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Comfort Of God's Protection (3 of 5)
Series: Greatness of God
In the Poet's Corner of Westminster Abbey, just to the left of the bust of Alfred Tennyson, hangs a plaque dedicated to Granville Sharp. He was a literary and biblical scholar who is best known for the "Granville Sharp Rule," an obscure but important rule in Greek grammar about nouns connected together by "and."
Because of his contribution to the understanding of language Granville Sharp is remembered among the literary giants of England. But what is amazing is that the plaque says nothing about his literary achievement. The thing for which he is remembered is far more significant.
He was born in England and lived a modest life as clerk who spent his extra time studying literature which included Greek. In 1765 he was living with his brother, a surgeon, when Jonathan Strong
knocked on the door seeking medical help. Strong was a black slave who had been so badly beaten by his master that he was close to death. Moved by compassion, Sharp took Strong to a hospital, where he spent four months recovering from his injuries.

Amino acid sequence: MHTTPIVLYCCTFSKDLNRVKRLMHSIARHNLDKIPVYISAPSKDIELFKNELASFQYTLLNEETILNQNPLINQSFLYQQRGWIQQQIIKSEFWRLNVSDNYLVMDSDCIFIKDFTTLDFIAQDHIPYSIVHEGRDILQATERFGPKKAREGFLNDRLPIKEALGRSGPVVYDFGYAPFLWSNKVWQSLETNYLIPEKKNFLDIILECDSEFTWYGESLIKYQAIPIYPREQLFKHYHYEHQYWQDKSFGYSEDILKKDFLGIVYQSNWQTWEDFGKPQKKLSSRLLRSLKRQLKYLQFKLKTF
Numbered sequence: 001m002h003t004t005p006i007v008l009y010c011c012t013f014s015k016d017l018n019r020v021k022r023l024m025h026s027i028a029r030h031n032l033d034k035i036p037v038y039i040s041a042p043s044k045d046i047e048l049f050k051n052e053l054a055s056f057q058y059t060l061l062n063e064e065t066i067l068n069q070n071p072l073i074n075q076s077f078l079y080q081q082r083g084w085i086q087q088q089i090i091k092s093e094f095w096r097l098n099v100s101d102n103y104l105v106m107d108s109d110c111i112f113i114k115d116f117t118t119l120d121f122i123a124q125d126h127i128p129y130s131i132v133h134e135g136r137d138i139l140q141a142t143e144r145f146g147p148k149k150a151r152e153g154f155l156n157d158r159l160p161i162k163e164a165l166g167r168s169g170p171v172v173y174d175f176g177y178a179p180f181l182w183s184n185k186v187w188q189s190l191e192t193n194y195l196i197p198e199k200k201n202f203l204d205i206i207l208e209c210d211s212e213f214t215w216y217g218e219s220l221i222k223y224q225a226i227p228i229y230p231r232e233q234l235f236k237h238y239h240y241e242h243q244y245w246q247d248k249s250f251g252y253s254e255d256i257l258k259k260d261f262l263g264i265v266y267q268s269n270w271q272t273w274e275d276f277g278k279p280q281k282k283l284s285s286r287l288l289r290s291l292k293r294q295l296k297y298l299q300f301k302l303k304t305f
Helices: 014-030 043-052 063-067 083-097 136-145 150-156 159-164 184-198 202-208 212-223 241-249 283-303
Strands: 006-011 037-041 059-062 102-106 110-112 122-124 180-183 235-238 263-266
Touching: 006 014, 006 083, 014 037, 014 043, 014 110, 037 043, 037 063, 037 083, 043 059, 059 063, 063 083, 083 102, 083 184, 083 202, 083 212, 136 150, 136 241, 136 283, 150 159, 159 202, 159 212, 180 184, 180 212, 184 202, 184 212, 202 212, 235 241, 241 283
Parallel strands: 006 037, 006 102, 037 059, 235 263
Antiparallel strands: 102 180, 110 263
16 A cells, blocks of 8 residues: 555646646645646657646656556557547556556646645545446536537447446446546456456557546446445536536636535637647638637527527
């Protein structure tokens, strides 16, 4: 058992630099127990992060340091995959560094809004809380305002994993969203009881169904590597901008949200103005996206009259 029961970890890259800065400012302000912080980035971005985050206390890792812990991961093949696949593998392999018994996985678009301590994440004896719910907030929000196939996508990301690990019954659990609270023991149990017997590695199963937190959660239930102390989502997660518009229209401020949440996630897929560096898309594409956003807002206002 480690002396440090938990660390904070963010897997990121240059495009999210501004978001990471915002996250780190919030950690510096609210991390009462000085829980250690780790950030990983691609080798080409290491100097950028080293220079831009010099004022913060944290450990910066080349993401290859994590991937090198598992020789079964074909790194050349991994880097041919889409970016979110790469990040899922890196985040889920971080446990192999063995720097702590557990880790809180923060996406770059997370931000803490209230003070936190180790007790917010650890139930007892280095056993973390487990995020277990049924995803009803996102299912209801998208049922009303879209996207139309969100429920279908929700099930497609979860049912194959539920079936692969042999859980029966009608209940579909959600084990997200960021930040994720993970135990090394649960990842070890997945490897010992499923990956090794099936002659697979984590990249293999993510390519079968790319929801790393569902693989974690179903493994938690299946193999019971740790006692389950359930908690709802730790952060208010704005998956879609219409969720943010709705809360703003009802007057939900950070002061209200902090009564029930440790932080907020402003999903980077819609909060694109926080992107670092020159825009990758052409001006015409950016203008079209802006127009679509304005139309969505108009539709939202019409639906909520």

While Strong was recuperating in the hospital, Sharp would visit him regularly. During those visits Strong told him how his master had brought him from Barbados, been dissatisfied with his work, beat him and eventually just threw him out on the street.
After Strong had regained his health, his master paid some men to recapture him because he realized this "property" might again have some value for him. When Sharp heard the news, he took the slave master to court, claiming that because Strong was in England he was no longer a slave. The court ruled that Strong was free. He took up the case of other slaves and convinced the courts that as soon as any slave sets foot upon English territory, he becomes free.
The plaque in Poet's Corner has a picture of Granville Sharp. To his left is an Af ...
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